By Ben Quah
This may seem like an easy matter. After all, we all go to work every day with a ‘mission’ and to ‘accomplish something’.
But having worked with various teams and organizations over the years - being part of internal teams engaging with fellow co-workers and also working with external parties where I consult managers to C-suite executives and founders, it does seem that many times, this vision gets blurred.
I’ve seen many individuals who seem to ‘do the motion’, where they are given a task and all that they do is well.. complete the task, without putting in much thought process into it. The results tend to be just satisfactory, or in some cases substandard.
While to some employees, this means that the job is done and that it is time to move on to the next task, however, the business will suffer from mediocre work.
Here’s an example. Say, you are tasked to work on a business proposal for a new client. You can just do a generic sales proposal and send it to the prospect. Unless you get lucky, the chances of winning with such proposal is probably low.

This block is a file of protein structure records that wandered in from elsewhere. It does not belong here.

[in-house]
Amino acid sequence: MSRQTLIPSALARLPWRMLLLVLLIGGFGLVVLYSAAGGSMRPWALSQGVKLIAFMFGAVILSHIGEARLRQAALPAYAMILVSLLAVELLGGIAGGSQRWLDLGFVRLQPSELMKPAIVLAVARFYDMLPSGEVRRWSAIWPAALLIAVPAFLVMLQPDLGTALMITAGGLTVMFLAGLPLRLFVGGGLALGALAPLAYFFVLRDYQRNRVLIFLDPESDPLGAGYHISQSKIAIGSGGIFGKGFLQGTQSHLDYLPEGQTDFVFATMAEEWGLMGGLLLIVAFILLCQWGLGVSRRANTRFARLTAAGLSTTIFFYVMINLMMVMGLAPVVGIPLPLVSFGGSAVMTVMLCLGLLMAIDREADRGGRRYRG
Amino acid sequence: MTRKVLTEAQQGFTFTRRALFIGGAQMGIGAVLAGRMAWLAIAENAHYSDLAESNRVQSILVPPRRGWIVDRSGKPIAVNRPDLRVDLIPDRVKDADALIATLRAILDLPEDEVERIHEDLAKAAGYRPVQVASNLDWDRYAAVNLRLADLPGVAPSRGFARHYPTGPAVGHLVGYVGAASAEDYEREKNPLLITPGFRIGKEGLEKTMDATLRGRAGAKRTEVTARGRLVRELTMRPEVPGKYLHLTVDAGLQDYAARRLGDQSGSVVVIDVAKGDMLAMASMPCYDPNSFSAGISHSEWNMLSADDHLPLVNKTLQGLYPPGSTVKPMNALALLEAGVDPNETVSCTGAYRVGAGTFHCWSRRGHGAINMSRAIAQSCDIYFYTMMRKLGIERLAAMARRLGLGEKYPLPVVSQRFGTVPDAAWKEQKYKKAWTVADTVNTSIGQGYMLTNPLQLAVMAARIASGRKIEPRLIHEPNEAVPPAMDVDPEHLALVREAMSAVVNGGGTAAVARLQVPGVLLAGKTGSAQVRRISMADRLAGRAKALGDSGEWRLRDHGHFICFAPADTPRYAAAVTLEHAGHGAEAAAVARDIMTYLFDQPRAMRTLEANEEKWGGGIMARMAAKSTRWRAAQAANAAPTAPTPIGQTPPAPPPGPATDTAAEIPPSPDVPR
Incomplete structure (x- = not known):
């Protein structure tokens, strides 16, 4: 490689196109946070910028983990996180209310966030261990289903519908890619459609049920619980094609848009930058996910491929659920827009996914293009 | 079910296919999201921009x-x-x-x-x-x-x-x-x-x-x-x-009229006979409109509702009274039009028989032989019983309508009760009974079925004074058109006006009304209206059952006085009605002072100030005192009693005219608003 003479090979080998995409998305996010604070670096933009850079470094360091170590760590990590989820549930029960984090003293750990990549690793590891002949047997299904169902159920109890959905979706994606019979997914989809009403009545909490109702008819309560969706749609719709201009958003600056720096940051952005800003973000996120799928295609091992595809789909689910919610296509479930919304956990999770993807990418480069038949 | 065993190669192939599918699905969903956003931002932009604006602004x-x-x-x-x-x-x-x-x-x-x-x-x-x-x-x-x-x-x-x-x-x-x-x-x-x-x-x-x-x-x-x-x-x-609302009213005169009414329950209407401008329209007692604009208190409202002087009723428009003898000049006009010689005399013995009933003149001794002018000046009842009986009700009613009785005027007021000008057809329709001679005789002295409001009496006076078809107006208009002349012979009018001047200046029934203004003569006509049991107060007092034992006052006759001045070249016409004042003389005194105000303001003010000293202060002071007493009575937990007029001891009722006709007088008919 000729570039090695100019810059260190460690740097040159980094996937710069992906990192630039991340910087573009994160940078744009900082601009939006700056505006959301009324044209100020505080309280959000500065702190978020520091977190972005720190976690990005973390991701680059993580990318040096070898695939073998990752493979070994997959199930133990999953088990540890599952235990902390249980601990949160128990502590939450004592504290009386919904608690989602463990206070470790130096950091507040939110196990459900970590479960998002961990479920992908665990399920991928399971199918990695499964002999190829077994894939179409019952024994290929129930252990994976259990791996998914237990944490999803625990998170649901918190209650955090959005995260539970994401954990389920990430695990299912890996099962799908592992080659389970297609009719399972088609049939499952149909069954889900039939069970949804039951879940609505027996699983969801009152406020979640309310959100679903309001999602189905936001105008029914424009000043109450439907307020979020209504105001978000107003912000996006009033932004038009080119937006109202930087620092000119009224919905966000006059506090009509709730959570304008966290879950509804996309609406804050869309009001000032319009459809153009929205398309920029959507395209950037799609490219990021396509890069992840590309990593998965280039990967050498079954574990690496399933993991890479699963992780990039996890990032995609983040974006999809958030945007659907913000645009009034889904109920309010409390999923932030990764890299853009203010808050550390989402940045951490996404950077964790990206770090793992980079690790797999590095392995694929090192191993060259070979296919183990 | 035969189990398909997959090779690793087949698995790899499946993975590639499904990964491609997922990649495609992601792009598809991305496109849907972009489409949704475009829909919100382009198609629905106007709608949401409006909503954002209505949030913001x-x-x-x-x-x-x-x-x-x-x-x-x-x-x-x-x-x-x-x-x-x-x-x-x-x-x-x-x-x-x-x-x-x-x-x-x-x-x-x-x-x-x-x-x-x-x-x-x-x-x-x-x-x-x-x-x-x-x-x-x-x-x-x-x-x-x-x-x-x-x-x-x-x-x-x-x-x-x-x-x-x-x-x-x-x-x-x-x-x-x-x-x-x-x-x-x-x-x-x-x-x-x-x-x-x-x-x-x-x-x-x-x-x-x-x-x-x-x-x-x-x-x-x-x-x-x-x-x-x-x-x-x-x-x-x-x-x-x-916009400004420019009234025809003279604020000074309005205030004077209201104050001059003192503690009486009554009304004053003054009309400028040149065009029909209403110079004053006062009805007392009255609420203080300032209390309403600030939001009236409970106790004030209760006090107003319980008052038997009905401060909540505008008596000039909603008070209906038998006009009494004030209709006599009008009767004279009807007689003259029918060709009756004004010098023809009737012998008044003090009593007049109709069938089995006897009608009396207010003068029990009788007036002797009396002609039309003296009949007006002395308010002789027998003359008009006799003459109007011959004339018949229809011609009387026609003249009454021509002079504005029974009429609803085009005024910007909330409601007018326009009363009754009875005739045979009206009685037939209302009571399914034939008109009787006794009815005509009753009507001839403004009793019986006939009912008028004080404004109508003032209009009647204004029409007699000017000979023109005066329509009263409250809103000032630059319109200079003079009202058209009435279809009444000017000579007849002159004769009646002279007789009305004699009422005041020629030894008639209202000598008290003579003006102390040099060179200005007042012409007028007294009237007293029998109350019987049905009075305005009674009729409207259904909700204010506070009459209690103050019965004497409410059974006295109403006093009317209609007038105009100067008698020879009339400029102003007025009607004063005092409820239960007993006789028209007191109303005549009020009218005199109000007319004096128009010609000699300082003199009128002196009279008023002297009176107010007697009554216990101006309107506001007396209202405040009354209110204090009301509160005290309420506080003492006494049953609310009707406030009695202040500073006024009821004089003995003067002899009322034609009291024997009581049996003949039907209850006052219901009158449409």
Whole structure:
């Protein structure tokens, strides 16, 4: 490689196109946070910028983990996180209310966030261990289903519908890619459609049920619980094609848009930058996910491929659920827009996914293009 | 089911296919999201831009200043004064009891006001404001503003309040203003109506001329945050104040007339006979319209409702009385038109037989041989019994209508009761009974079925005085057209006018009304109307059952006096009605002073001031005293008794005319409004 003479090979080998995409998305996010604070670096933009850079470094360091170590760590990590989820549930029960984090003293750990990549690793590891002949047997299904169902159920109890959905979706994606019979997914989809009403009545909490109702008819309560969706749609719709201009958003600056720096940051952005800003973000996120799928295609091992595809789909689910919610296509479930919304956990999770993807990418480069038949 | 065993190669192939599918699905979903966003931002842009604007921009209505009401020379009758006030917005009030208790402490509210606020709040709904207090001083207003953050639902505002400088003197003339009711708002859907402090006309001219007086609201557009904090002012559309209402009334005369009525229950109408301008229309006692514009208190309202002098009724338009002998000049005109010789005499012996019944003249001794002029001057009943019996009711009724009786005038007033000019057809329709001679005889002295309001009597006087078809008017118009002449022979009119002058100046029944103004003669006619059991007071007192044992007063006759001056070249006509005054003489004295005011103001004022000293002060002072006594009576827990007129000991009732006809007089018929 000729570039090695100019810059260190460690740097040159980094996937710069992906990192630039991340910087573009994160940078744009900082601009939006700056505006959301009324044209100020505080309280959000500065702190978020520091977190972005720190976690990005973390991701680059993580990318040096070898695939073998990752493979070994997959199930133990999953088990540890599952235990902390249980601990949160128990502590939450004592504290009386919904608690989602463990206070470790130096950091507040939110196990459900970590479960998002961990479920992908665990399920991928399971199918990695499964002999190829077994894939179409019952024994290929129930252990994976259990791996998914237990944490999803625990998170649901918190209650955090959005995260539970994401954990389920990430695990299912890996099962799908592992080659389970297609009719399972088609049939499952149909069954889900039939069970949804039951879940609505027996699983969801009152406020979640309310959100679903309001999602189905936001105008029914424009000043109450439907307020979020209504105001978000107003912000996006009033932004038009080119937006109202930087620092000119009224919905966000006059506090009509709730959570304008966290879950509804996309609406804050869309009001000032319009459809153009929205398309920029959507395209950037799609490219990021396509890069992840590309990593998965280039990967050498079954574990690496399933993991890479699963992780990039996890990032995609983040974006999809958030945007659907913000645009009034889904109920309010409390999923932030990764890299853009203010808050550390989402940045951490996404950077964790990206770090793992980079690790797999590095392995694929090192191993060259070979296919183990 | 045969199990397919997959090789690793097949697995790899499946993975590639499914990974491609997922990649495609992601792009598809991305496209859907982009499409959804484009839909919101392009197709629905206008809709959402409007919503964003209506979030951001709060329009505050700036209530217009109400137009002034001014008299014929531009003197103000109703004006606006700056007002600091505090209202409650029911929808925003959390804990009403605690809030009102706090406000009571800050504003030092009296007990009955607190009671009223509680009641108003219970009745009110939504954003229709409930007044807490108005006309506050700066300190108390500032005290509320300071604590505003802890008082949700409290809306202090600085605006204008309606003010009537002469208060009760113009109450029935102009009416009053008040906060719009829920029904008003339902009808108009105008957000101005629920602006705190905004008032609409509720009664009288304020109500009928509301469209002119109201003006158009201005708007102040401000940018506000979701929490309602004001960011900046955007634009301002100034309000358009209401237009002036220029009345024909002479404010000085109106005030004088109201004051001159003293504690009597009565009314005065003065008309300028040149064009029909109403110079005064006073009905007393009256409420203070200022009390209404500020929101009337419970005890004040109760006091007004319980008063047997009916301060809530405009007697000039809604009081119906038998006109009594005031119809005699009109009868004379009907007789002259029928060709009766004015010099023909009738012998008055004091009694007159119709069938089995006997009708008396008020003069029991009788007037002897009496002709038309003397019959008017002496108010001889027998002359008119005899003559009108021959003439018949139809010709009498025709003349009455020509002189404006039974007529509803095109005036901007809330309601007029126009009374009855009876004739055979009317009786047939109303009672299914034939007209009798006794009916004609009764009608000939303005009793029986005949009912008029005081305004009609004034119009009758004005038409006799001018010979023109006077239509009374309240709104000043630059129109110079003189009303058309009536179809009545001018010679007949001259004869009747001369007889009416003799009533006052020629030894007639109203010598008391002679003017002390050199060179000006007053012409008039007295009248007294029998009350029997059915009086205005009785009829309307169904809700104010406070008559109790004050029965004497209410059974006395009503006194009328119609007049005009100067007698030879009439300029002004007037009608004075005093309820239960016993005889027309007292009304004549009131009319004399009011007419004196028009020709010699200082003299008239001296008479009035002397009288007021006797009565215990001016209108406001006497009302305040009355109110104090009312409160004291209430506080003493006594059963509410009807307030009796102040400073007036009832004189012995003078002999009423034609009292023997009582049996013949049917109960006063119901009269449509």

Instead, if you think of the business objective - which is to win the case, you will then work backward, thinking of the things you need to do to ensure that it is a winning proposal.
This includes doing background analysis of the company, listing the pain points the organization face and tailoring the solution that can benefit them. The last point is important to note that while it can probably be the same recommended solution, but the way it is presented can differ (eg. in copywriting and visuals aid). This then raises the chances of you closing the sale.
The same can be applied to any other tasks given by our superiors.
My advice is to think what’s the objective of each task that is given. If you are unclear, simply ask your boss about it so that you can produce and deliver outstanding results.
I have used this principle to train my teammates over the years. From the feedback and observation, once they get clear on the goals, they are able to deliver exceptional results.